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The Daily Wildcat

The Daily Wildcat

 

    V-card study can’t dictate your future relationships, happiness

    Be it at a frat party or a house party, in a dorm room or anywhere else on campus, a lot of people out there intend to get freaky.

    But a study conducted by the University of Texas at Austin suggests people who lose their virginity later in life tend to be better off in the long run.

    The survey looked at 1,659 same-sex sibling pairs from around age 16 to around age 29, and divided the respondents into three categories based on when they lost their virginity: early (younger than 15), on time (age 15 to 19) and late (19 and up).

    People who lost their virginity later tended to have more fulfilling relationships, more education and higher earnings, according to the survey’s results. There was little difference between people who lost their virginity “early” and people who lost it “on time.”

    But for those of you who kissed your V-card bye-bye long ago, fear not, the study also showed that those who lost their virginity late were less likely to be in a relationship, perhaps because they’re likelier to be pickier in ultimately choosing romantic partners.

    Still, the study’s author, Paige Harden, acknowledged in a press release that “teenagers’ sexual experiences are complicated.”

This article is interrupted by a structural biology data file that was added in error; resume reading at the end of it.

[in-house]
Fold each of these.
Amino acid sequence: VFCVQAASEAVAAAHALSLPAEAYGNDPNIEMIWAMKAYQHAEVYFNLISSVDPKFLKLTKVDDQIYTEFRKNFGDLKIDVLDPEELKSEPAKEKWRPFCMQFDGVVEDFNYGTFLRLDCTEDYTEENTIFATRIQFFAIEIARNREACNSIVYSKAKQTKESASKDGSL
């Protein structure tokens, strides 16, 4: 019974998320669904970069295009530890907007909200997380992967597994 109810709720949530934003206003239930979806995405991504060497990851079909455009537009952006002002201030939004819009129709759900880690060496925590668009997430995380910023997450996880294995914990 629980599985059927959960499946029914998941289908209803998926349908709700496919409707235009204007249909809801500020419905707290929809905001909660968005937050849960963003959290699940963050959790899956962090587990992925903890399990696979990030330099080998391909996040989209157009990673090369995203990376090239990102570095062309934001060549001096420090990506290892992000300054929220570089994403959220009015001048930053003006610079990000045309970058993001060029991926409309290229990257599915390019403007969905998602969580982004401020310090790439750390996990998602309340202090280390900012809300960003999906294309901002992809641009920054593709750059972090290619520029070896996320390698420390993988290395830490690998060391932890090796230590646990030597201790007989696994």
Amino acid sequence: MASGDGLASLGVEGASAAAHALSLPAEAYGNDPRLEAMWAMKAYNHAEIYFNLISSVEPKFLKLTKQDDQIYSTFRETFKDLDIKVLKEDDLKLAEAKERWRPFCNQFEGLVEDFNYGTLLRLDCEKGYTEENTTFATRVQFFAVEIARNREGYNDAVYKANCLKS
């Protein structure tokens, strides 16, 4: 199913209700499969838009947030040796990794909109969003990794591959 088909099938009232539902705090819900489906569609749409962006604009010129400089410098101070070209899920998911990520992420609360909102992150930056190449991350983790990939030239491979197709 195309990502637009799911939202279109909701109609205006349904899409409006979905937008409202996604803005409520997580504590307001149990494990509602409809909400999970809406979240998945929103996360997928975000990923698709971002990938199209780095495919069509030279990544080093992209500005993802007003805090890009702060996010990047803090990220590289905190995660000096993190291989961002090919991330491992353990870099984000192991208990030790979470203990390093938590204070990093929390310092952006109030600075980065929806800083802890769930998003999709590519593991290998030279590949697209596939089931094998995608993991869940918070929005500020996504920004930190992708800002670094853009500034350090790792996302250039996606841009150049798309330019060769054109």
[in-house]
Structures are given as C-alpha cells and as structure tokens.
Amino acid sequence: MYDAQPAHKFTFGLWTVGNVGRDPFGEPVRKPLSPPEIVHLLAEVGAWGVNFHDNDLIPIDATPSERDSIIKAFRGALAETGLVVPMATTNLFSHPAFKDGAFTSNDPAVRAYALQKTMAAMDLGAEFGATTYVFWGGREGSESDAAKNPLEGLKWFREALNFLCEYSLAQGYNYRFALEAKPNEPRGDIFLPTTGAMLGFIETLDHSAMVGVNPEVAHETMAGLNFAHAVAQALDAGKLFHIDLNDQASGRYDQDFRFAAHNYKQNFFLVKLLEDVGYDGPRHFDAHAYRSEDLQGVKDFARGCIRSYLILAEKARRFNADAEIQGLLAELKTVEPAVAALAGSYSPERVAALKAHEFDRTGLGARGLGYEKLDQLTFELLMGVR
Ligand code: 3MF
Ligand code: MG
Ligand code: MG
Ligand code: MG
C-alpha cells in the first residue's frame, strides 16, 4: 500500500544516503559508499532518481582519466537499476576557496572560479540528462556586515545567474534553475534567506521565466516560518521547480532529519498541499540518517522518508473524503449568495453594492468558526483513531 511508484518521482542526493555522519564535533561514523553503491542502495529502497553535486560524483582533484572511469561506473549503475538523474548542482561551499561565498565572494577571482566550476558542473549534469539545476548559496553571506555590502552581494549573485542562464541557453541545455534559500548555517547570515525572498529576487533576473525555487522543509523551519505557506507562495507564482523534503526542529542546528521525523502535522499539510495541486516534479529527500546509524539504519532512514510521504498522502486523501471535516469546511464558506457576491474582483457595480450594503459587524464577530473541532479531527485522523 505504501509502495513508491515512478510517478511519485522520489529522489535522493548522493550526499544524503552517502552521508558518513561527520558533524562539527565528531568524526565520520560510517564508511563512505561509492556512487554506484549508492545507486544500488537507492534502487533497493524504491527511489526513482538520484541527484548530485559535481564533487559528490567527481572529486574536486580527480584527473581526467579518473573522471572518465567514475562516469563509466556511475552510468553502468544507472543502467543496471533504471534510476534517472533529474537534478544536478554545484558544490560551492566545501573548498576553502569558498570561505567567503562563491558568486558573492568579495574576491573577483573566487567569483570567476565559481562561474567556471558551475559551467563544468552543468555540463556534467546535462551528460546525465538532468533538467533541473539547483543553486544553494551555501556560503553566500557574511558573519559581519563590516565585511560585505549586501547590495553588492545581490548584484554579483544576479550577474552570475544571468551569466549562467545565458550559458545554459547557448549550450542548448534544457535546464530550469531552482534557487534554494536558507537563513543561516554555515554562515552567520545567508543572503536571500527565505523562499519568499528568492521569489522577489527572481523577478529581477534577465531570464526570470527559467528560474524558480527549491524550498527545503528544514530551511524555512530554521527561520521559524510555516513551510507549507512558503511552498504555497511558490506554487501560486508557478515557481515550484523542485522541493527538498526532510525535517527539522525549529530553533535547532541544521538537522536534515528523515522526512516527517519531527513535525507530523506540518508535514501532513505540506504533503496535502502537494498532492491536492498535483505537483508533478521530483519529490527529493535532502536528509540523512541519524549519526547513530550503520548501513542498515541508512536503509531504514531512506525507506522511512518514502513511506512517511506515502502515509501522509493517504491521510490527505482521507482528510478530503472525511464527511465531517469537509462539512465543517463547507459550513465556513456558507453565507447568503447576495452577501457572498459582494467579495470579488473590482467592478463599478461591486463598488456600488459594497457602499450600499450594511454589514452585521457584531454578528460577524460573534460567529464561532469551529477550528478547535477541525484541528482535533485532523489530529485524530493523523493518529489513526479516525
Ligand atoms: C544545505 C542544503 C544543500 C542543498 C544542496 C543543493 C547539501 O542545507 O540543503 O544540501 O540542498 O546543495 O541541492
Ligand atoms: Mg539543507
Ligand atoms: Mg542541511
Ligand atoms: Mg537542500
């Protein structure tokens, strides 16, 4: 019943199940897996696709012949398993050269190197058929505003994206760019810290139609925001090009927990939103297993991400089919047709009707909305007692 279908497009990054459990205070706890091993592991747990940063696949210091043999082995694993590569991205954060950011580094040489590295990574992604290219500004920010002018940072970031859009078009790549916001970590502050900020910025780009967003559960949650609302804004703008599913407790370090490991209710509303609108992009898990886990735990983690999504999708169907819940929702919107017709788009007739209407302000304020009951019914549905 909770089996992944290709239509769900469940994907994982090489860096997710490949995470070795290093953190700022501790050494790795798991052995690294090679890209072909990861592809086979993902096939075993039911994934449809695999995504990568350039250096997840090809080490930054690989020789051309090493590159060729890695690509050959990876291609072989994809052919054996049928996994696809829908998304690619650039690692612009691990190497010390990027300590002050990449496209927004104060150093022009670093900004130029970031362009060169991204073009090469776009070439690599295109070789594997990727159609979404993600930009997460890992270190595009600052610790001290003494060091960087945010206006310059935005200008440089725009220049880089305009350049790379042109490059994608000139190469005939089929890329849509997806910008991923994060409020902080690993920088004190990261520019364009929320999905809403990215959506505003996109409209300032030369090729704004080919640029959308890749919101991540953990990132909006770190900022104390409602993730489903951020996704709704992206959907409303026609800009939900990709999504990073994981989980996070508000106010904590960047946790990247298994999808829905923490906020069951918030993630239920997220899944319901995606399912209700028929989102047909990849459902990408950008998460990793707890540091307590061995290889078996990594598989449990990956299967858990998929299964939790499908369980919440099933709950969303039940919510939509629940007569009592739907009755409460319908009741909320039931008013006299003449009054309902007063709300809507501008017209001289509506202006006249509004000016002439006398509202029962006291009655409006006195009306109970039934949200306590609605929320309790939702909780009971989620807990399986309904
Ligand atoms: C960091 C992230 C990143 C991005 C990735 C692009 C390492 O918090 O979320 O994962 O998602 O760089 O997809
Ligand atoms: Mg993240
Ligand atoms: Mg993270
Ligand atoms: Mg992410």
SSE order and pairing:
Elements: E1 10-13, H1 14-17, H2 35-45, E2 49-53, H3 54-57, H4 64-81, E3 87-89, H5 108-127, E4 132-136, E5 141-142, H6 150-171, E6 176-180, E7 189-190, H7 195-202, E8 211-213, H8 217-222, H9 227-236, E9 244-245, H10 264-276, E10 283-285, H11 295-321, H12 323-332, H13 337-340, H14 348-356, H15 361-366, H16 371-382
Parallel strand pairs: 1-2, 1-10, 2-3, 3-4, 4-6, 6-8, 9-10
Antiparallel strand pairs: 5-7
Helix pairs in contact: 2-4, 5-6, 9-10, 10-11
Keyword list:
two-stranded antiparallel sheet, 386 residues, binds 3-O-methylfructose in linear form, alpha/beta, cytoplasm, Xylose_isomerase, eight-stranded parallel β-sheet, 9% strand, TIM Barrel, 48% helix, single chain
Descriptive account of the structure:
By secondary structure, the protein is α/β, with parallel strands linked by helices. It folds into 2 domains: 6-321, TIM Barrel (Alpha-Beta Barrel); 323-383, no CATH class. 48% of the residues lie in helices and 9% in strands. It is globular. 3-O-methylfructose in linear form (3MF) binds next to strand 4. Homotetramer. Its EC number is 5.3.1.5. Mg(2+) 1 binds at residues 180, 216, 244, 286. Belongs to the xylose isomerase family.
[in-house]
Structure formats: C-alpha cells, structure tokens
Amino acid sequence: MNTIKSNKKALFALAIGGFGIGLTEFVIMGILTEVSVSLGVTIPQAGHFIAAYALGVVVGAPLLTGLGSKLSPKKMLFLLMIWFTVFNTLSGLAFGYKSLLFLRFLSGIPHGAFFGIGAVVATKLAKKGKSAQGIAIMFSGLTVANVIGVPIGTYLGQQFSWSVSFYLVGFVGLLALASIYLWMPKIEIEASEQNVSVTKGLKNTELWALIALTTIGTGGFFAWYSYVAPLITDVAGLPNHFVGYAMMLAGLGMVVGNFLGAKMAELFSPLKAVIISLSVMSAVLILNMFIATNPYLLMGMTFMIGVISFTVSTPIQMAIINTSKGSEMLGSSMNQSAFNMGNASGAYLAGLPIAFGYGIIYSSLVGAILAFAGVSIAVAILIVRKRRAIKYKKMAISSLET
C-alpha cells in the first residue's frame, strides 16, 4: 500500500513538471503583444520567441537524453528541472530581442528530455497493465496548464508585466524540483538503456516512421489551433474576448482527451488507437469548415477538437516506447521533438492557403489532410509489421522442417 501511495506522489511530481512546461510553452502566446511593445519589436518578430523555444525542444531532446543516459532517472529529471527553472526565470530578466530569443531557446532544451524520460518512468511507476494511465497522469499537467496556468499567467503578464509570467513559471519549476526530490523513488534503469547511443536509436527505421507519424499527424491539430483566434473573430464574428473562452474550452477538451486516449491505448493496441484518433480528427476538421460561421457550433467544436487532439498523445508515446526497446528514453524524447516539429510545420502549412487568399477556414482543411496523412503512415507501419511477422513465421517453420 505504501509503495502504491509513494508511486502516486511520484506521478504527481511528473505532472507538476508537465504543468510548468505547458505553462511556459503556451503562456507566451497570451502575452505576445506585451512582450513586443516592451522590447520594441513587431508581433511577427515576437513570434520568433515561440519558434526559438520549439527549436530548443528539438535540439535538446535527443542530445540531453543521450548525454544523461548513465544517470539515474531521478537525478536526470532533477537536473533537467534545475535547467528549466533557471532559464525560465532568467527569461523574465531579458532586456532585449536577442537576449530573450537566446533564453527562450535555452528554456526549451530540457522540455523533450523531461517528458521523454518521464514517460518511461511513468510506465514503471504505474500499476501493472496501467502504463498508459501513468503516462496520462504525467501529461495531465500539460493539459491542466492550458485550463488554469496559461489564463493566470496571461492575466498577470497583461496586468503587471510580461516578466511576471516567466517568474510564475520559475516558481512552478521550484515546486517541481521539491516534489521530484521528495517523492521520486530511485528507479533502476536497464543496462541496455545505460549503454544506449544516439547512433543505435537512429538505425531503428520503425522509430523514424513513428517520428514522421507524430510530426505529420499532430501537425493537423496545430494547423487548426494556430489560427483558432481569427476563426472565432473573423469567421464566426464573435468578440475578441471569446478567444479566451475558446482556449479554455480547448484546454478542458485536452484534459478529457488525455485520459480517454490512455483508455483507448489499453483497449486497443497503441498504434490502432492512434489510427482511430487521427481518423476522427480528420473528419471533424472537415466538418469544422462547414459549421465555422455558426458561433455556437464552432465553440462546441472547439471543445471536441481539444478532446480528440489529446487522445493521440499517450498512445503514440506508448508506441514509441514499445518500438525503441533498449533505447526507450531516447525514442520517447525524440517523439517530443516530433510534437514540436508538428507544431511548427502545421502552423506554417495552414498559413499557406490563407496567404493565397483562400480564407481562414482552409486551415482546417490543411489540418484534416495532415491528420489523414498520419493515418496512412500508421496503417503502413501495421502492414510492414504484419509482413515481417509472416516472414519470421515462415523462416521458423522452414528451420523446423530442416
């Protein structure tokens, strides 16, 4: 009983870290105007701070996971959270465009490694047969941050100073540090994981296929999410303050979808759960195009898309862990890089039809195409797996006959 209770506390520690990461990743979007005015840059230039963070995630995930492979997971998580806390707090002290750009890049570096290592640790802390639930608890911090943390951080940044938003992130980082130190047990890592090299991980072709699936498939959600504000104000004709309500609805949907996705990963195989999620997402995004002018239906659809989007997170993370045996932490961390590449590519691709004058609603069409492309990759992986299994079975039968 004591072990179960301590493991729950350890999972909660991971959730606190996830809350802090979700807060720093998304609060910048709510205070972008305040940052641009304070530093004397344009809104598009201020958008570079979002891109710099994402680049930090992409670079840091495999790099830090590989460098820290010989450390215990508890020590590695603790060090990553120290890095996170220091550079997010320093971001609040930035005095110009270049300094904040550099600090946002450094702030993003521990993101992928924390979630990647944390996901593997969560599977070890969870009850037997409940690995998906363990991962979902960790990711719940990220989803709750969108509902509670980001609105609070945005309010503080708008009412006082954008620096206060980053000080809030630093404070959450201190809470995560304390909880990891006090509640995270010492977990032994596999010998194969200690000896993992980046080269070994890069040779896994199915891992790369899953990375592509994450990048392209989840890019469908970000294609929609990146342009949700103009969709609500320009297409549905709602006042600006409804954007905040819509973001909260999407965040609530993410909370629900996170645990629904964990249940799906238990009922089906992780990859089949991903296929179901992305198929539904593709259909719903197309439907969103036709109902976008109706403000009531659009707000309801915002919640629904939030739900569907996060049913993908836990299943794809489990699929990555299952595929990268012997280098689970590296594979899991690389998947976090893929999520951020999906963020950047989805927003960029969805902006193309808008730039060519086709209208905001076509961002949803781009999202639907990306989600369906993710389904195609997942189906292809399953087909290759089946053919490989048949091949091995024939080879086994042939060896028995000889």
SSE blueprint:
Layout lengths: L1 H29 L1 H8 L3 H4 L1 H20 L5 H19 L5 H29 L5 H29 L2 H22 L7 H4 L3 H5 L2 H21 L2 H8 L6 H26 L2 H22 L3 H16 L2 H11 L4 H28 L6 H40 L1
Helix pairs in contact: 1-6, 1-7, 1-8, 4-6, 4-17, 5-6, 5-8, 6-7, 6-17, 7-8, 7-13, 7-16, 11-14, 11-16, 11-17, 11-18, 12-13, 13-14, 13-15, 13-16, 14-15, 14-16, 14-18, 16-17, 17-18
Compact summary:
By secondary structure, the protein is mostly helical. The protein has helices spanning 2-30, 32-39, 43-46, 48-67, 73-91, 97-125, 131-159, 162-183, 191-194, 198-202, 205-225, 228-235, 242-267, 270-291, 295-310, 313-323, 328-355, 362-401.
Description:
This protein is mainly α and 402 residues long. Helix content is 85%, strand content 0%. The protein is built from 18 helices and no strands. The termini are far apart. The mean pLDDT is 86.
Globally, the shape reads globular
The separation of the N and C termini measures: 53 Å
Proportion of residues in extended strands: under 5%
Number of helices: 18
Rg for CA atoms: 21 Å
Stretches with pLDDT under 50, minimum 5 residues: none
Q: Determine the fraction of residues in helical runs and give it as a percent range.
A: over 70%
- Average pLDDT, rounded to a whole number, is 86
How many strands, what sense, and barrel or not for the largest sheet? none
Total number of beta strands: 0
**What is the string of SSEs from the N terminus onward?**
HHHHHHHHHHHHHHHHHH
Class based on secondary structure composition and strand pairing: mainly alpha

An earlier University of Texas at Austin study in 2011 found that teenagers in committed relationships were less likely to be delinquents than teens who had casual sex or no sex.

    It’s hard to dispute science, and you can acknowledge that it makes sense for there to be a hookup — ah, a relationship — between the age you lose your virginity and your overall well-being. But the survey fails to take a major component of individual happiness into account: Everyone is different.
    The survey’s categories present the biggest issue: How does anyone classify what is “early,” “on time” or “late” in life for people to do something like have sex for the first time?

    When I was 16 I was far more concerned with my chess team and the Red Sox than getting … well. Looking back on that, I may have been an anomaly.

    While the age ranges may have been based on the time the average American loses their virginity, a more valuable conclusion could be drawn from whether or not someone lost their virginity before they felt ready, because that could have a lot more impact on the future happiness.

    It isn’t the Middle Ages anymore. Older men are no longer sniffing around preteen girls, waiting for them to become fertile. While the age of 15 would be ancient by the standards of those times, in America it feels so, well, young.

    Perhaps you were like rap mogul T.I., who reportedly lost his virginity at age 11. But seriously think about what you were doing when you were 15. Most of us were pretty damn excited just to make out with someone.

    Maybe the majority of Americans feel ready between the ages of 15 and 19, but that’s an overgeneralization. Some people don’t feel ready until they are married. Some don’t feel ready until they have a serious partner. And some feel ready every Thursday, Friday, Saturday and occasionally Wednesday night.

    A study can’t dictate whether or not you will be happy in a future relationship.
    Whether you were ready or not that first time, let your future relationships dictate how happy you are instead.

    — Dan Desrochers is a pre-journalism sophomore. He can be reached at letters@wildcat.arizona.edu or on Twitter via @drdesrochers .

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